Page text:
Prominent American-Jewish Lawyers: “Netanyahu, Stop the Slavery Law”

Slavery Law

Today, 16 May 2011, the 18th Knesset opened its 2011 Summer Seat. On the first day of this Knesset seat, a very dangerous bill will be brought to the Knesset for its second-third (i.e. final) reading.
 
This bill is the “Slavery Law,” which aims to restrict the conditions of migrant workers in the nursing professions. According to this bill, the Minister of Interior will have the power to bind migrant caretakers to their employers; to subsections of nursing services; to a set number of employers they may switch; and to a specific geographic location in which they may work. This bill constitutes an attempt to restore the previous arrangement that bound migrant workers to their employers, and which the Supreme Court has already criticized in 2006 as “a modern form of slavery”.
 
Ahead if the final reading of this bill, 91 prominent American-Jewish legal experts sent a letter to Prime Minister Binyamin Netanyahu and to the Knesset Speaker Reuven Rivlin, urging them to stop this unconstitutional legislation initiative. This letter, initiated by the New Israel Fund and by the Association for Civil Rights in Israel (ACRI), was written in support of a previous letter, sent by prominent Israeli retired judges, law professors, and lawyers opposing the “Slavery Law.”
 
The American-Jewish lawyers’ letter is posted below.
 
—–
 
To:
 
Binyamin Netanyahu, Prime Minister of Israel
MK Reuven Rivlin, Speaker of the Knesset
 

Honorable Sirs,
 
As Jews who deeply care about Israel, as lawyers, indeed as human beings, we are gravely concerned about a recent legislative attempt to revoke the most basic rights of migrant caretakers in Israel: people, mostly women, who have traveled far from home in order to provide for their families, and who work in Israel caring for the elderly, the disabled, and other persons in need of physical assistance.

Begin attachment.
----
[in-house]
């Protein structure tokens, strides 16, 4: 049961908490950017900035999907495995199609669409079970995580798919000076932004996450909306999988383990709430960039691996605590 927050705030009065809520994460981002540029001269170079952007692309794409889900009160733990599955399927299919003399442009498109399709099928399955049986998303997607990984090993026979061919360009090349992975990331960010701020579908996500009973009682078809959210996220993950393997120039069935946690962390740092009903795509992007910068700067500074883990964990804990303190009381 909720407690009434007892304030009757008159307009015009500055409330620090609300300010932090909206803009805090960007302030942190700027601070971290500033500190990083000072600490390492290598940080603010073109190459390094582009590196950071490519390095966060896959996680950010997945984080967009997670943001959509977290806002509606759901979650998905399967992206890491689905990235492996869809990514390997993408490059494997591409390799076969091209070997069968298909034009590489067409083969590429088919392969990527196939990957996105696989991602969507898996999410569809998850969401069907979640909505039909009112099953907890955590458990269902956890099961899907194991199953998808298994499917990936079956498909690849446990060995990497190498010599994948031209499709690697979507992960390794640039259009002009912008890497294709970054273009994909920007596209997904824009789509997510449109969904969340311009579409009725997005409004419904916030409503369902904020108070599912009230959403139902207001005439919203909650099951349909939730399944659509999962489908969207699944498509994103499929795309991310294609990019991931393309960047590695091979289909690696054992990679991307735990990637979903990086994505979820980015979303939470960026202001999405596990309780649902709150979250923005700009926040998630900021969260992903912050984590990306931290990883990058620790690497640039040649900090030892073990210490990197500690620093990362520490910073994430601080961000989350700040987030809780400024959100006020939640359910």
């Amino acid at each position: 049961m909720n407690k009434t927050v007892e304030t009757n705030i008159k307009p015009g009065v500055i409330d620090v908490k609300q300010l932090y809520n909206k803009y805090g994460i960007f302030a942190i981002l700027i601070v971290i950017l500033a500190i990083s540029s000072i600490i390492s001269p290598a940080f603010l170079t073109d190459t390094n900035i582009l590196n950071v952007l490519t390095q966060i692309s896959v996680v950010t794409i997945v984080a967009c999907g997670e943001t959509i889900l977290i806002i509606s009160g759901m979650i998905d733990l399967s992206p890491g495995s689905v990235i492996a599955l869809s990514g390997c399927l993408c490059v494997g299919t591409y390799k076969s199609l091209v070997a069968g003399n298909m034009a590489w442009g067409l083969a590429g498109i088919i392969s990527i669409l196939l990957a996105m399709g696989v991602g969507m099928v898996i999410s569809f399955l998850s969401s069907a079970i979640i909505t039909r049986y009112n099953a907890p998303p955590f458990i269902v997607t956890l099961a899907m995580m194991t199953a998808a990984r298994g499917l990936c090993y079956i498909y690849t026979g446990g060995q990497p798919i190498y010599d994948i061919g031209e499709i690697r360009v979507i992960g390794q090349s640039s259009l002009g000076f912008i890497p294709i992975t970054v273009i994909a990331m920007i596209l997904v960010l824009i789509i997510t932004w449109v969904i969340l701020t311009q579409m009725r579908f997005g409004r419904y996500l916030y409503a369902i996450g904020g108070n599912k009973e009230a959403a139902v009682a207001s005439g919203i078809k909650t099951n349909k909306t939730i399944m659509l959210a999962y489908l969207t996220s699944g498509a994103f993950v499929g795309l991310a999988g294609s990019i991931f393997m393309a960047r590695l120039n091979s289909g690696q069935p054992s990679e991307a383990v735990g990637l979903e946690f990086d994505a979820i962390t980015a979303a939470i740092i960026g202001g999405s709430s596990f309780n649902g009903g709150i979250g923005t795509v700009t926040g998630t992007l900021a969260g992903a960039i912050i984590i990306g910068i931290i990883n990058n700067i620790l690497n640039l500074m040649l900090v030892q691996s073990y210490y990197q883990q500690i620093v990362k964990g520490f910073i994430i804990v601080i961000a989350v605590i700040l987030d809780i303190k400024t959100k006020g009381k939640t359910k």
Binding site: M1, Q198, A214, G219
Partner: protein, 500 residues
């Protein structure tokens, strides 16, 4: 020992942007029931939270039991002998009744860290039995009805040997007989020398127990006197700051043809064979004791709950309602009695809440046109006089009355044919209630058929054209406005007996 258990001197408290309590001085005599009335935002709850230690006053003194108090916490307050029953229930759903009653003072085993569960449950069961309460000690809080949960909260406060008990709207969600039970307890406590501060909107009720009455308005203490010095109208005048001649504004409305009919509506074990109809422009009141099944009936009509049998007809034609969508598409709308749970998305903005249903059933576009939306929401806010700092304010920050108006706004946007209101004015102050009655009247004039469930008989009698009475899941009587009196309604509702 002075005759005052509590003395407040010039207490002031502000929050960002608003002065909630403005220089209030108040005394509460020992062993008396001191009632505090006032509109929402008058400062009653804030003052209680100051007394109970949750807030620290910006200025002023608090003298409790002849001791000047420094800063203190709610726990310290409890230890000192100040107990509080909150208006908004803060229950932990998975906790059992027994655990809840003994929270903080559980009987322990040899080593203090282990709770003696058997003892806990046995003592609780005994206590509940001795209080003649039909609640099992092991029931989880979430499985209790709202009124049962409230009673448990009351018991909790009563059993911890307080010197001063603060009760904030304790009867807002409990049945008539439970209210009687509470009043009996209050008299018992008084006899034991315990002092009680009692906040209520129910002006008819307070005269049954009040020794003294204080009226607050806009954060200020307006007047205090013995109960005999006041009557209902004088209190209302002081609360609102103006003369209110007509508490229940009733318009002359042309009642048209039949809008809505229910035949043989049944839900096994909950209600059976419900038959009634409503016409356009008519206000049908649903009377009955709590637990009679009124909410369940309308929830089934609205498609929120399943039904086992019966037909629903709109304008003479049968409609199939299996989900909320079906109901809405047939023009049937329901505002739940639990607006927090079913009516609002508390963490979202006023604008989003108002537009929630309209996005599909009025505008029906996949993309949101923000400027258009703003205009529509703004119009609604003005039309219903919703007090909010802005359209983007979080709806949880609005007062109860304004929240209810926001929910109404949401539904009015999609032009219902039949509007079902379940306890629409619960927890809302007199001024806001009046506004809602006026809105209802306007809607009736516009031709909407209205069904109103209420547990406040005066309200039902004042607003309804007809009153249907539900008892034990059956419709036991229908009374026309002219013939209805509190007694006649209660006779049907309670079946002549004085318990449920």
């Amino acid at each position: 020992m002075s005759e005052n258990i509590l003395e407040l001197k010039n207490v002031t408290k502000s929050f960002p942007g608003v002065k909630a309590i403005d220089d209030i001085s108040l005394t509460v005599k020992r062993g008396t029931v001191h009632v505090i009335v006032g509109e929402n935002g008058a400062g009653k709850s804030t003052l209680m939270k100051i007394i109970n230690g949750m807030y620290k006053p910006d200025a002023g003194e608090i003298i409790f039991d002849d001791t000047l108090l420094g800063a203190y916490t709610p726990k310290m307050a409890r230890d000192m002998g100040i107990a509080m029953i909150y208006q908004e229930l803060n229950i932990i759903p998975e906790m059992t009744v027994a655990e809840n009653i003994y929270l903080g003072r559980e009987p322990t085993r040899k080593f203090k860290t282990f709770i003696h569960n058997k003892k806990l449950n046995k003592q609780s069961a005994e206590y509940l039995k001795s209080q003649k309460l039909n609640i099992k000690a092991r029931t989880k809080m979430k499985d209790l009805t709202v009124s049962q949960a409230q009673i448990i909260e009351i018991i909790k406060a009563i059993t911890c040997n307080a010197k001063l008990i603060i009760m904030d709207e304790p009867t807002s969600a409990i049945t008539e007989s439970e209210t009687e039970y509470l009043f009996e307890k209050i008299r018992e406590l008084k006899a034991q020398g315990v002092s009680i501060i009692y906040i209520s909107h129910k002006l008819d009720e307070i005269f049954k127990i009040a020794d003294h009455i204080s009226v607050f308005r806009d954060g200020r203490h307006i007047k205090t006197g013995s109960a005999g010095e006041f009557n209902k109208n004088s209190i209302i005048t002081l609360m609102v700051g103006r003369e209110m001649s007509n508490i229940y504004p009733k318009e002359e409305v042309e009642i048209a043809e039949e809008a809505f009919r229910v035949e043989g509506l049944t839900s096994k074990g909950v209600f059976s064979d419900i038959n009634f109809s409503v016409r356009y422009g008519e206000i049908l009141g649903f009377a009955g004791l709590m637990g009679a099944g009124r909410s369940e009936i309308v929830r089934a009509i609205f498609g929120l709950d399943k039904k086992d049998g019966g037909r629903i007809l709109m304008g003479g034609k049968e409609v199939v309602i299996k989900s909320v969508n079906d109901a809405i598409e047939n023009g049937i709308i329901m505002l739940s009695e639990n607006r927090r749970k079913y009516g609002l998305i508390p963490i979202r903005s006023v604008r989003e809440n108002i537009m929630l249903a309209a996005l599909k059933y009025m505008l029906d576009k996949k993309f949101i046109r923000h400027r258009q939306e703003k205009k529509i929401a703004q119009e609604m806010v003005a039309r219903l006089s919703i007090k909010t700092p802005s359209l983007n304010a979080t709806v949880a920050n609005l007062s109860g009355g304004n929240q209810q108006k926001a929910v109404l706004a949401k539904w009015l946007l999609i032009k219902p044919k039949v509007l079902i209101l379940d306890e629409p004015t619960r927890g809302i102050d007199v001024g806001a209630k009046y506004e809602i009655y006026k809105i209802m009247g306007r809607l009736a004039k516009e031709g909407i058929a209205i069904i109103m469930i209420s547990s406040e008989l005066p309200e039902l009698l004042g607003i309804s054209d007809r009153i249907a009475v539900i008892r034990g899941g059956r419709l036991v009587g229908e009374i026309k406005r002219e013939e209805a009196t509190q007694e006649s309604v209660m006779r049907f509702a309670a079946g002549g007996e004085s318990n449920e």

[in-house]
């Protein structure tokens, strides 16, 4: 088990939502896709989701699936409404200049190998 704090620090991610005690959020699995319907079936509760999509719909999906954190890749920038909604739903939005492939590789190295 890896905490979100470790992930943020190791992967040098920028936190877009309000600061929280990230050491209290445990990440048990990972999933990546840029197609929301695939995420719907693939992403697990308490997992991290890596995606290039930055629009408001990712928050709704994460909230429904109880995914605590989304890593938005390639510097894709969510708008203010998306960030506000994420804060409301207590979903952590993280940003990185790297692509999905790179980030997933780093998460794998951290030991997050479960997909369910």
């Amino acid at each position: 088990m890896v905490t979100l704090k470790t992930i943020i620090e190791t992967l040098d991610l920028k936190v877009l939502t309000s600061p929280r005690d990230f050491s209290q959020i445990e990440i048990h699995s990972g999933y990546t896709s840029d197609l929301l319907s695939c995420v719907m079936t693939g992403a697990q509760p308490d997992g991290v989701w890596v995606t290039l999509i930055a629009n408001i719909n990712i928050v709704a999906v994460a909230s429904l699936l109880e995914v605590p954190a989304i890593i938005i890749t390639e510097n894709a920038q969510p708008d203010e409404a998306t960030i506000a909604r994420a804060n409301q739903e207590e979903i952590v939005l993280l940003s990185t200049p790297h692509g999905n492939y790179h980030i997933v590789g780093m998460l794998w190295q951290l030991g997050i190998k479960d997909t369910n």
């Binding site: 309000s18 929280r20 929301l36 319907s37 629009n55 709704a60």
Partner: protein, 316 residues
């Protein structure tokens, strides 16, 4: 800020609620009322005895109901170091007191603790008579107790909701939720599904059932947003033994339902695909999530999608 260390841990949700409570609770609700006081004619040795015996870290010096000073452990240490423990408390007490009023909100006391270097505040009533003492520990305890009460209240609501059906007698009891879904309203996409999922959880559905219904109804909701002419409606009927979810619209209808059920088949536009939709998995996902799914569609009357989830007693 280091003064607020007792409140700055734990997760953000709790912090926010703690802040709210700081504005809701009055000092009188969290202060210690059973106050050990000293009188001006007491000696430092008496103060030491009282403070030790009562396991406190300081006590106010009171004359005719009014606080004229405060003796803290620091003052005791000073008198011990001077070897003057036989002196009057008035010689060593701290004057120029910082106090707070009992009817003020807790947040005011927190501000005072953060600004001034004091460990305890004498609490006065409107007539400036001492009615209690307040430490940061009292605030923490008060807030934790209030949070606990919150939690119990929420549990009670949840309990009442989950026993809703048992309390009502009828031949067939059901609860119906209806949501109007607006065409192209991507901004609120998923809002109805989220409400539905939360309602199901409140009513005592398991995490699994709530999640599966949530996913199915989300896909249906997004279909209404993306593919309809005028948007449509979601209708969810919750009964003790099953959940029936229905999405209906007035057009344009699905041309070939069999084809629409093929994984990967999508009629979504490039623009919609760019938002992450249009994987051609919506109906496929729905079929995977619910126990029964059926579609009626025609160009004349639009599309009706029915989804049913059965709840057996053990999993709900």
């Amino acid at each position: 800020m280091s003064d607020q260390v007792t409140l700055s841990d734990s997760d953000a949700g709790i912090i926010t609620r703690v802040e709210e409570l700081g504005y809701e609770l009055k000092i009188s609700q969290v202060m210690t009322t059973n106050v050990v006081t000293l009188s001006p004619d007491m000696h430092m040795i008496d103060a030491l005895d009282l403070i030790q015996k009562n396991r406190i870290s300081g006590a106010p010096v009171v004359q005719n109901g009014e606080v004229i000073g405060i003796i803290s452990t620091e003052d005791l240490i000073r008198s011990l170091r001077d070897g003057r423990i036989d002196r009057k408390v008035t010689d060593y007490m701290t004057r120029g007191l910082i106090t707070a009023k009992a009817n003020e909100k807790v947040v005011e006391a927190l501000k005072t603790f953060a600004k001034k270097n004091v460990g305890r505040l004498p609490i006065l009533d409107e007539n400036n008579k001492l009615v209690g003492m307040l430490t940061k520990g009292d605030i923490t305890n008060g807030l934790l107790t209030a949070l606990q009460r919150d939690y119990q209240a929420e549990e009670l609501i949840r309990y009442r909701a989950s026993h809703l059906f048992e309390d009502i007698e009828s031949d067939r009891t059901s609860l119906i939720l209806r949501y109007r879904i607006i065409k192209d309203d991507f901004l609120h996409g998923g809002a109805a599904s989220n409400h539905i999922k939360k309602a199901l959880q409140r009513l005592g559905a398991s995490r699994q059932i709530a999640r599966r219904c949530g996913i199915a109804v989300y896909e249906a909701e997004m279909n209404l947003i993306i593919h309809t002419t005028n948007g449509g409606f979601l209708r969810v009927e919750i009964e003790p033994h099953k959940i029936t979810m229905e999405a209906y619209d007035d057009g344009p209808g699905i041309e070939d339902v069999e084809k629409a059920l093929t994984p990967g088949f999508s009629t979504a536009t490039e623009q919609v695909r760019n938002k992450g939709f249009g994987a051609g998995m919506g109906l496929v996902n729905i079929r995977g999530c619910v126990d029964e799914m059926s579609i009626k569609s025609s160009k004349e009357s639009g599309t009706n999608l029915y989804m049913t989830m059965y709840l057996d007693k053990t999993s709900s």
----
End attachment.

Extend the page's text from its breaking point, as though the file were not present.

We hereby express our support for the letter written by our Israeli colleagues – retired judges, law  professors, and law researchers – regarding a proposed Knesset bill, Amendment 21 to the Israel Entry Act, which will restrict work permits issued to migrant workers in the nursing professions in Israel.
 
The letter written by our Israeli colleagues sheds light on the dangerous ramifications that this proposed bill, if enacted, would have on the lives of one of the most weakened groups within Israel: migrant caretakers. This proposed legislation will enhance the dependence of migrant caretakers on their employers for their legal status, thereby limiting their ability to escape from abusive employment conditions. Such an irregular legal reality – which conflicts with the basic principles of Israeli labor laws and with the very purpose of a labor contract – severely infringes on a wide range of protected human rights, primarily the right to dignity and to personal freedom. It also infringes upon Israel’s commitments under international law to workers’ rights.
 
As pointed out by our Israeli colleagues, this bill attempts to restore the previous “binding arrangement” between migrant workers and their employers, which Judge Chesin of the Court deemed in 2006 as “a modern form of slavery” (HCJ 4542/02 The Kav La’Oved v. the Israeli Government, ver. 71(1) 346 (2006)). Such legislation is clearly unconstitutional, fails to satisfy the principle of proportionality, and contradicts common standards of human morality.
 
We have just celebrated Passover, the “Holiday of Freedom,” a time in which we are required to remember our people’s past as foreign slaves, as migrant workers in Egypt if you will. As the Bible specifically instructs us: “You shall not wrong a stranger or oppress him, for you were strangers in the land of Egypt” (Exodus 22:21).